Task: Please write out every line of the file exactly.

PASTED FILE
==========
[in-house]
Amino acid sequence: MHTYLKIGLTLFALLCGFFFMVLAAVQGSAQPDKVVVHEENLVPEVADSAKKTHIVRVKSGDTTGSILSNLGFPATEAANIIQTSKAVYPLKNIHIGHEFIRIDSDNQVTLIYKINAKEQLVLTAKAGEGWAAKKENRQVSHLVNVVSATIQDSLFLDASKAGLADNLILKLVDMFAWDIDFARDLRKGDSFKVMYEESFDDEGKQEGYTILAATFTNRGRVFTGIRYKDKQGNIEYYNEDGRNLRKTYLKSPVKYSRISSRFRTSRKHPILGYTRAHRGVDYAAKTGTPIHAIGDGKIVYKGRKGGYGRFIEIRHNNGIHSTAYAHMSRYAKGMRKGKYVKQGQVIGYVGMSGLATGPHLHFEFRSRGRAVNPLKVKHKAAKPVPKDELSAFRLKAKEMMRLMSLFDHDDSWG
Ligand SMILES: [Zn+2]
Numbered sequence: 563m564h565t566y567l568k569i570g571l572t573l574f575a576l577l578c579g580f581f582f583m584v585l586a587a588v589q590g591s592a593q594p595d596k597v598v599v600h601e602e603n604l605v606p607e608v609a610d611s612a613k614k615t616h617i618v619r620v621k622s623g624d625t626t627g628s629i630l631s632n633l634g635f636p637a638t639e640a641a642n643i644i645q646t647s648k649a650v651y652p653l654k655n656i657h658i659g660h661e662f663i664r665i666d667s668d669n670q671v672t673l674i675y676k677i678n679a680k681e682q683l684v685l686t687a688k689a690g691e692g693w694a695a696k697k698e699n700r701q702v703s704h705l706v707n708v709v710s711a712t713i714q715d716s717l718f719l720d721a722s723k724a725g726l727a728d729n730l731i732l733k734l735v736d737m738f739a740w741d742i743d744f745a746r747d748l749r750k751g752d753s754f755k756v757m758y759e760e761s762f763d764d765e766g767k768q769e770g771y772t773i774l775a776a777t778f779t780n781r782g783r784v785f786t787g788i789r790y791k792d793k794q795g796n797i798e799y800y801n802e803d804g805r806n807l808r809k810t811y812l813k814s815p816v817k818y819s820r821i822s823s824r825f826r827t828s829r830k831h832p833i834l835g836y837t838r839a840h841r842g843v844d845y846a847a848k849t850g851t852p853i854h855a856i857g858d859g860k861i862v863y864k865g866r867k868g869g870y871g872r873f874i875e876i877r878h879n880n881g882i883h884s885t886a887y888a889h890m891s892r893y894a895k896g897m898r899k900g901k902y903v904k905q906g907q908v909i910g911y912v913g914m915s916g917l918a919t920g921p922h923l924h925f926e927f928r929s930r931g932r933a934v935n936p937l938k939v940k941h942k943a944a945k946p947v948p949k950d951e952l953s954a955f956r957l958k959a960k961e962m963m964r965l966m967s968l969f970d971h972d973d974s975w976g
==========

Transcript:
[in-house]
Amino acid sequence: MHTYLKIGLTLFALLCGFFFMVLAAVQGSAQPDKVVVHEENLVPEVADSAKKTHIVRVKSGDTTGSILSNLGFPATEAANIIQTSKAVYPLKNIHIGHEFIRIDSDNQVTLIYKINAKEQLVLTAKAGEGWAAKKENRQVSHLVNVVSATIQDSLFLDASKAGLADNLILKLVDMFAWDIDFARDLRKGDSFKVMYEESFDDEGKQEGYTILAATFTNRGRVFTGIRYKDKQGNIEYYNEDGRNLRKTYLKSPVKYSRISSRFRTSRKHPILGYTRAHRGVDYAAKTGTPIHAIGDGKIVYKGRKGGYGRFIEIRHNNGIHSTAYAHMSRYAKGMRKGKYVKQGQVIGYVGMSGLATGPHLHFEFRSRGRAVNPLKVKHKAAKPVPKDELSAFRLKAKEMMRLMSLFDHDDSWG
Ligand SMILES: [Zn+2]
Numbered sequence: 563m564h565t566y567l568k569i570g571l572t573l574f575a576l577l578c579g580f581f582f583m584v585l586a587a588v589q590g591s592a593q594p595d596k597v598v599v600h601e602e603n604l605v606p607e608v609a610d611s612a613k614k615t616h617i618v619r620v621k622s623g624d625t626t627g628s629i630l631s632n633l634g635f636p637a638t639e640a641a642n643i644i645q646t647s648k649a650v651y652p653l654k655n656i657h658i659g660h661e662f663i664r665i666d667s668d669n670q671v672t673l674i675y676k677i678n679a680k681e682q683l684v685l686t687a688k689a690g691e692g693w694a695a696k697k698e699n700r701q702v703s704h705l706v707n708v709v710s711a712t713i714q715d716s717l718f719l720d721a722s723k724a725g726l727a728d729n730l731i732l733k734l735v736d737m738f739a740w741d742i743d744f745a746r747d748l749r750k751g752d753s754f755k756v757m758y759e760e761s762f763d764d765e766g767k768q769e770g771y772t773i774l775a776a777t778f779t780n781r782g783r784v785f786t787g788i789r790y791k792d793k794q795g796n797i798e799y800y801n802e803d804g805r806n807l808r809k810t811y812l813k814s815p816v817k818y819s820r821i822s823s824r825f826r827t828s829r830k831h832p833i834l835g836y837t838r839a840h841r842g843v844d845y846a847a848k849t850g851t852p853i854h855a856i857g858d859g860k861i862v863y864k865g866r867k868g869g870y871g872r873f874i875e876i877r878h879n880n881g882i883h884s885t886a887y888a889h890m891s892r893y894a895k896g897m898r899k900g901k902y903v904k905q906g907q908v909i910g911y912v913g914m915s916g917l918a919t920g921p922h923l924h925f926e927f928r929s930r931g932r933a934v935n936p937l938k939v940k941h942k943a944a945k946p947v948p949k950d951e952l953s954a955f956r957l958k959a960k961e962m963m964r965l966m967s968l969f970d971h972d973d974s975w976g